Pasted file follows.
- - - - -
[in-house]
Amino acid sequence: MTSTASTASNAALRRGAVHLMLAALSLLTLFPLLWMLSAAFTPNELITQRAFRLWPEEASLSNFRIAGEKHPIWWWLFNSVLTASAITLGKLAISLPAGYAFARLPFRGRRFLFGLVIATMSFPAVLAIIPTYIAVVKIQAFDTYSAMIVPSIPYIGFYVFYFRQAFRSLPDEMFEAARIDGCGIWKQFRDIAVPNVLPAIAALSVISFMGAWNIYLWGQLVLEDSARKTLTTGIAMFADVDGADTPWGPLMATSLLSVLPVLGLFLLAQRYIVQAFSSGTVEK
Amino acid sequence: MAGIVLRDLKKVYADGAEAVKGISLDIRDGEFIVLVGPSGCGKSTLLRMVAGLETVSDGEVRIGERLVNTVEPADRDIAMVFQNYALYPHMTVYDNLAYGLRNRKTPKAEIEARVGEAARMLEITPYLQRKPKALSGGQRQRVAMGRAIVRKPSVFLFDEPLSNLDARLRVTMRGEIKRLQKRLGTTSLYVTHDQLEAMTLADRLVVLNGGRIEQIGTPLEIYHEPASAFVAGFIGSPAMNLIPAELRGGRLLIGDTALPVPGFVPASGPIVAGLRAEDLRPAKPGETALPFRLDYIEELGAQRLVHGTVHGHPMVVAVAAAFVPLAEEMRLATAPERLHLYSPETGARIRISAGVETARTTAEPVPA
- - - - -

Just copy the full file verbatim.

[in-house]
Amino acid sequence: MTSTASTASNAALRRGAVHLMLAALSLLTLFPLLWMLSAAFTPNELITQRAFRLWPEEASLSNFRIAGEKHPIWWWLFNSVLTASAITLGKLAISLPAGYAFARLPFRGRRFLFGLVIATMSFPAVLAIIPTYIAVVKIQAFDTYSAMIVPSIPYIGFYVFYFRQAFRSLPDEMFEAARIDGCGIWKQFRDIAVPNVLPAIAALSVISFMGAWNIYLWGQLVLEDSARKTLTTGIAMFADVDGADTPWGPLMATSLLSVLPVLGLFLLAQRYIVQAFSSGTVEK
Amino acid sequence: MAGIVLRDLKKVYADGAEAVKGISLDIRDGEFIVLVGPSGCGKSTLLRMVAGLETVSDGEVRIGERLVNTVEPADRDIAMVFQNYALYPHMTVYDNLAYGLRNRKTPKAEIEARVGEAARMLEITPYLQRKPKALSGGQRQRVAMGRAIVRKPSVFLFDEPLSNLDARLRVTMRGEIKRLQKRLGTTSLYVTHDQLEAMTLADRLVVLNGGRIEQIGTPLEIYHEPASAFVAGFIGSPAMNLIPAELRGGRLLIGDTALPVPGFVPASGPIVAGLRAEDLRPAKPGETALPFRLDYIEELGAQRLVHGTVHGHPMVVAVAAAFVPLAEEMRLATAPERLHLYSPETGARIRISAGVETARTTAEPVPA